farmageddon
n. The conflict over the safety and health benefits of genetically modified (GM) foods.

Example Citations:
Other new economy issues have other international dimensions. European consumer resistance to genetically modified crops — "Frankenstein foods" or "Farmageddon," as their opponents call them — has escalated into trade fights between the United States and European Union, and shaken struggling United States farmers, who aren't sure if they will be able to sell their crops abroad.
—Bob Davis and Gerald F. Seib, "Policing a wildfire," The Wall Street Journal, May 1, 2000

Across the world there are citizens movements kicking against the (modified) grain. I’ve just come back from India where the ‘cremate Monsanto’ campaigns of farmers and peasants is burning down fields of GM crops. In France, farmers in the Farmageddon movement ploughed up GM fields.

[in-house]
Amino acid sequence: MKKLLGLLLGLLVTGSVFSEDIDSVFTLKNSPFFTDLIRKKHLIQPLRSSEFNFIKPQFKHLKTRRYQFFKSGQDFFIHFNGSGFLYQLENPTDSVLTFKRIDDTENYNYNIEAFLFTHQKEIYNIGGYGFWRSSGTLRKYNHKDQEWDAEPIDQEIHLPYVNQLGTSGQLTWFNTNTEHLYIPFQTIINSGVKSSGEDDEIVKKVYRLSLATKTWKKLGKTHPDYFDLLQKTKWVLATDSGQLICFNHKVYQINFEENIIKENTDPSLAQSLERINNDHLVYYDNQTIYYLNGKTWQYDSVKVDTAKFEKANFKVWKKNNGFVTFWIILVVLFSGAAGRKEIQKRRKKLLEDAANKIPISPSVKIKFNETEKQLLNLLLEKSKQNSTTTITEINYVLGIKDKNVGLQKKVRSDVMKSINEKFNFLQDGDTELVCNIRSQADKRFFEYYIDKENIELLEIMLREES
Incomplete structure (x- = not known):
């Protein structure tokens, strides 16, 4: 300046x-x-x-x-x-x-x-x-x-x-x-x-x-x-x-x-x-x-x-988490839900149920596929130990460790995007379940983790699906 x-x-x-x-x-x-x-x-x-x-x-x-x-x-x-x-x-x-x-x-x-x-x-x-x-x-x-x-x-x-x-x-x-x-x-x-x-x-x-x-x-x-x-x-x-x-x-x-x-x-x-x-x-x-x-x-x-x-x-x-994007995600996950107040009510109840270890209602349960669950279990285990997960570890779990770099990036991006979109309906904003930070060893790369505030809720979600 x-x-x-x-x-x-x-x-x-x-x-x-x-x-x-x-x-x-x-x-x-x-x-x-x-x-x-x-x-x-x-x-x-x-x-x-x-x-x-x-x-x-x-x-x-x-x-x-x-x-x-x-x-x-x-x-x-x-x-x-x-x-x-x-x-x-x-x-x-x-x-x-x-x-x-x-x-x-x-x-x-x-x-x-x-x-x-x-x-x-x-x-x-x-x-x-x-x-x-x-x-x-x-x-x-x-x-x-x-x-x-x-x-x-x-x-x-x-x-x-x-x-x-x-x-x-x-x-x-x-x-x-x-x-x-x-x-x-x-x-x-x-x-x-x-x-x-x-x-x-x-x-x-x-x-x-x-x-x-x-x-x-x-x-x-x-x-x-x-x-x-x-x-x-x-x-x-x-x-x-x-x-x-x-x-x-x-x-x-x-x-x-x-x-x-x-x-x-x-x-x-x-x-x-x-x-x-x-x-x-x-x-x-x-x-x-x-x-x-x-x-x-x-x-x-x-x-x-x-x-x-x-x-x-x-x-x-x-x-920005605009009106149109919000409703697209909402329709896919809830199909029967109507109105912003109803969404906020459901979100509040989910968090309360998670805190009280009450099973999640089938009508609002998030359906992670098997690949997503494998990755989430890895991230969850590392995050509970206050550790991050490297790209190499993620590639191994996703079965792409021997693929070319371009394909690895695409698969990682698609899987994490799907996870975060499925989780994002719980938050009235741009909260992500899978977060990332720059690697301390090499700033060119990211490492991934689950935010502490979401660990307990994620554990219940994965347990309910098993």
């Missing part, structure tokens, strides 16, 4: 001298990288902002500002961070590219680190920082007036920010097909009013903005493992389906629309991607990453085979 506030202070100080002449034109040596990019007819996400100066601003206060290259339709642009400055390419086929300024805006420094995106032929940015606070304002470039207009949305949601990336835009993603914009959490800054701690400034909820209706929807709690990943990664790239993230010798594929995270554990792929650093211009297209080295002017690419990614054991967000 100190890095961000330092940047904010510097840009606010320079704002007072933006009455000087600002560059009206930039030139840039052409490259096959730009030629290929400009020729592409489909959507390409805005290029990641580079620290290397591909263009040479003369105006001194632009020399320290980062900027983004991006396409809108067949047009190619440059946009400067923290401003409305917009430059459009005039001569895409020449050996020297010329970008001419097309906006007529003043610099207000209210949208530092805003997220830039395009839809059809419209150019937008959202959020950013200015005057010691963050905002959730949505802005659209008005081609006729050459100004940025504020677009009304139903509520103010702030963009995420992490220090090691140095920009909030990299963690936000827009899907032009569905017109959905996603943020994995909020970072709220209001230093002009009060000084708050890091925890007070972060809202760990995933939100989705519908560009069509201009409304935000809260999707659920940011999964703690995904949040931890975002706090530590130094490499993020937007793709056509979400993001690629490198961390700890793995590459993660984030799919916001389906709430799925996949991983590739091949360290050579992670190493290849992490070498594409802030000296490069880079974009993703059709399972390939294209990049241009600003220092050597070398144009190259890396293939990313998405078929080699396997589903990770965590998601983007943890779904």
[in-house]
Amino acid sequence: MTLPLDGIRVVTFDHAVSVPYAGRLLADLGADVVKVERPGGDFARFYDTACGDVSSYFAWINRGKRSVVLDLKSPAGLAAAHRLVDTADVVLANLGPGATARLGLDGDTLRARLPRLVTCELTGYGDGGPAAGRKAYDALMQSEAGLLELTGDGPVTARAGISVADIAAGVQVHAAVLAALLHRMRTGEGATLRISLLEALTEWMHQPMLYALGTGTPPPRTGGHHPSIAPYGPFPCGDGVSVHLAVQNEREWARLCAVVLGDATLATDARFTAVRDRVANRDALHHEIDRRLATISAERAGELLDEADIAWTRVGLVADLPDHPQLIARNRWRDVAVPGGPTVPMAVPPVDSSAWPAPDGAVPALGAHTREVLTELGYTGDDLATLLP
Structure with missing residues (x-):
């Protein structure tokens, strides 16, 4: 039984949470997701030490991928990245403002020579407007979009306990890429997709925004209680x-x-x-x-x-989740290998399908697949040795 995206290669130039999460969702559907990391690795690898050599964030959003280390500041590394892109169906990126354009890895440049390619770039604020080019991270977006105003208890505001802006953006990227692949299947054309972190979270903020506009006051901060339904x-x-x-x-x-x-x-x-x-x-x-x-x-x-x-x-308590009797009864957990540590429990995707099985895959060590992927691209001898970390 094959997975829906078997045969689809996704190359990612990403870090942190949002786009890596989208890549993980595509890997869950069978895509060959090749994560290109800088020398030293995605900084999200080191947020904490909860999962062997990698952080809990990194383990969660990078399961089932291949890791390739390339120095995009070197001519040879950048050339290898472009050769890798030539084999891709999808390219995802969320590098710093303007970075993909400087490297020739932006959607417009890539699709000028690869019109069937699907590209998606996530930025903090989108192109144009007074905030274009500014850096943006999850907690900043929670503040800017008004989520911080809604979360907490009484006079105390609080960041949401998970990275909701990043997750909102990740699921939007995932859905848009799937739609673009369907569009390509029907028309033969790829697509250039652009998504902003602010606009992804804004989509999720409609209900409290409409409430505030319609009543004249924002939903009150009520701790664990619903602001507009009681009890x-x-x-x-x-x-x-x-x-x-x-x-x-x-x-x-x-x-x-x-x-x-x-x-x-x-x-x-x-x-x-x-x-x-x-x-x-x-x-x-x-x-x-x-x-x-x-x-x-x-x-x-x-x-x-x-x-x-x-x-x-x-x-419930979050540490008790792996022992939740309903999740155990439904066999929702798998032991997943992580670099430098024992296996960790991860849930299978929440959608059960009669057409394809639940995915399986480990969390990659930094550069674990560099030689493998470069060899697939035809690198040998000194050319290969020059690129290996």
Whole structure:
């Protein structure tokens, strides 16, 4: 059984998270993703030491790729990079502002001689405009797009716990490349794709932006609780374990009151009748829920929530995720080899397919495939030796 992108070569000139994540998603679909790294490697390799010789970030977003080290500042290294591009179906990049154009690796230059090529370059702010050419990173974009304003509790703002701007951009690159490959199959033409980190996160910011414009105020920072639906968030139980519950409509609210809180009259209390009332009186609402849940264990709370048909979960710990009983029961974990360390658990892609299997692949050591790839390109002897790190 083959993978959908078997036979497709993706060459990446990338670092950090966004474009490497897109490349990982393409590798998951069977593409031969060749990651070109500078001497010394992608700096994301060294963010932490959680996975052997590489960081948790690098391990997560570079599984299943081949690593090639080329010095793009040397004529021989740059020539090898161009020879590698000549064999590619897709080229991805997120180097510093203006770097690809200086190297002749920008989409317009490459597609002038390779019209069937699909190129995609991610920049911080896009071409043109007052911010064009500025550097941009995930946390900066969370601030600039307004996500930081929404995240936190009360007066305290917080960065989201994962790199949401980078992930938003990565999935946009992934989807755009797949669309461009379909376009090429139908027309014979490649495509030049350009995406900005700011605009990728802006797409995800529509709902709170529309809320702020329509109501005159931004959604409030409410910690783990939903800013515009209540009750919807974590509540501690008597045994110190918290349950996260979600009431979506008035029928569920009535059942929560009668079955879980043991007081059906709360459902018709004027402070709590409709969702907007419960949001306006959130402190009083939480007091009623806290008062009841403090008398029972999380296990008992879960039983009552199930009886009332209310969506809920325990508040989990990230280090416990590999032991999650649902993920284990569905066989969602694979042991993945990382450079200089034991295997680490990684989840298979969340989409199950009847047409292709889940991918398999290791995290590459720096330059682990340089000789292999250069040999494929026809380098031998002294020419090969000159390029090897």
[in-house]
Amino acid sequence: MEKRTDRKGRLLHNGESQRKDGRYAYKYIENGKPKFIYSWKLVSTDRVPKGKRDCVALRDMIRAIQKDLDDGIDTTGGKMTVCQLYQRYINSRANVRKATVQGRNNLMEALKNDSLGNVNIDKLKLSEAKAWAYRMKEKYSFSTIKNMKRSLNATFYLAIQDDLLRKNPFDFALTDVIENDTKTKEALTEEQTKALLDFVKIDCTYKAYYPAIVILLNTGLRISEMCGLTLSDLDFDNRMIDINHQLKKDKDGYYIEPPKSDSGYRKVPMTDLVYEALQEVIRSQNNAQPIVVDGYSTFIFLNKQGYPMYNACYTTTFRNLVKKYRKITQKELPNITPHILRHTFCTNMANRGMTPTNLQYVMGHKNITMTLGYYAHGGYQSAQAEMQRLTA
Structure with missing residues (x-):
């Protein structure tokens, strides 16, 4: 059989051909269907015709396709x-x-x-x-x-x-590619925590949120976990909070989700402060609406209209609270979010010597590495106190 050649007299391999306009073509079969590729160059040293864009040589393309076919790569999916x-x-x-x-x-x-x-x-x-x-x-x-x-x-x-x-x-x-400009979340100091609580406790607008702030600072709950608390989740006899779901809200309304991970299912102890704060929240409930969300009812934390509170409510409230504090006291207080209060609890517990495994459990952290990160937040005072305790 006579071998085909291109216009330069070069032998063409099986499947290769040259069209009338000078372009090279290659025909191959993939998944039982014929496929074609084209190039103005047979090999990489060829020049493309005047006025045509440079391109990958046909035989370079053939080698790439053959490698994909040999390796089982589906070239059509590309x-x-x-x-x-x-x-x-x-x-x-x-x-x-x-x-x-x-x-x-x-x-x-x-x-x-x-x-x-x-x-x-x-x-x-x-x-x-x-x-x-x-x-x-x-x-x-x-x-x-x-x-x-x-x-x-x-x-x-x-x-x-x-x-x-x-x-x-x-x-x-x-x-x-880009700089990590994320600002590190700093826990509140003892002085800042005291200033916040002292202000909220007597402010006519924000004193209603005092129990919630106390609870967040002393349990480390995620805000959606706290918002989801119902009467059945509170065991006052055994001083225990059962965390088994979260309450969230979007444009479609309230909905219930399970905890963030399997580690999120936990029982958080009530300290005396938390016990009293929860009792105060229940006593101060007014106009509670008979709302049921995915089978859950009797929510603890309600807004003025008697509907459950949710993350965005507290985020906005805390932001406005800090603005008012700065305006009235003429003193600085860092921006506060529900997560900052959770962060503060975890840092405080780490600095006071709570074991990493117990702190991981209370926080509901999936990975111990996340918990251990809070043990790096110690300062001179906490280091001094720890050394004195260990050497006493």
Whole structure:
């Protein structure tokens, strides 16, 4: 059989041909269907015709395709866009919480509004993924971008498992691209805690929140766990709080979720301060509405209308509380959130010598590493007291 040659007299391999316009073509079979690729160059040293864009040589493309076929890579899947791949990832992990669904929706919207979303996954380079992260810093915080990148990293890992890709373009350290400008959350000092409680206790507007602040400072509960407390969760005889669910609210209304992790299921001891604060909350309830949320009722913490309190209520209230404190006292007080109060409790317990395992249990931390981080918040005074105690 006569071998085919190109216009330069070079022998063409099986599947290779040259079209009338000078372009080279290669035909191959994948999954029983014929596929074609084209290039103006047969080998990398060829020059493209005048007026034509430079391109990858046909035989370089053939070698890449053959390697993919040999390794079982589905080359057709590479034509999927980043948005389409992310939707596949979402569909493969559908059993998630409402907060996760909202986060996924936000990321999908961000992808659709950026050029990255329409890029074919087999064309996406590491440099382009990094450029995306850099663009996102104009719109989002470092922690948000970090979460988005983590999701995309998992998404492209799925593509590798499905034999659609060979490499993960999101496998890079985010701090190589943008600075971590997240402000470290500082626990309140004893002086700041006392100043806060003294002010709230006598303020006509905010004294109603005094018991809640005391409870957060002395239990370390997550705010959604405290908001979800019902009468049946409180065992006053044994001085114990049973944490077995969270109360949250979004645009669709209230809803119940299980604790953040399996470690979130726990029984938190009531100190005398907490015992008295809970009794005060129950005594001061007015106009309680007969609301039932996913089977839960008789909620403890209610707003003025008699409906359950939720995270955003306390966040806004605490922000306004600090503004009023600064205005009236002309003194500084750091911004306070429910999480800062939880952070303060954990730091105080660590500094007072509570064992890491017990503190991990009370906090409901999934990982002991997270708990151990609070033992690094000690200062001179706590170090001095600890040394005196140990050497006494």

—Alan Simpson, “A first victory against those who want to play God,” The Evening Standard (London), February 10, 1999

Earliest Citation:
The leading cause of devastation in the UK is the way we grow our food. We are conducting a biological “Farmageddon” against the Earth.
—“Turf-battle victory at Offham Hill,” Earth Island Journal, January 1, 1999

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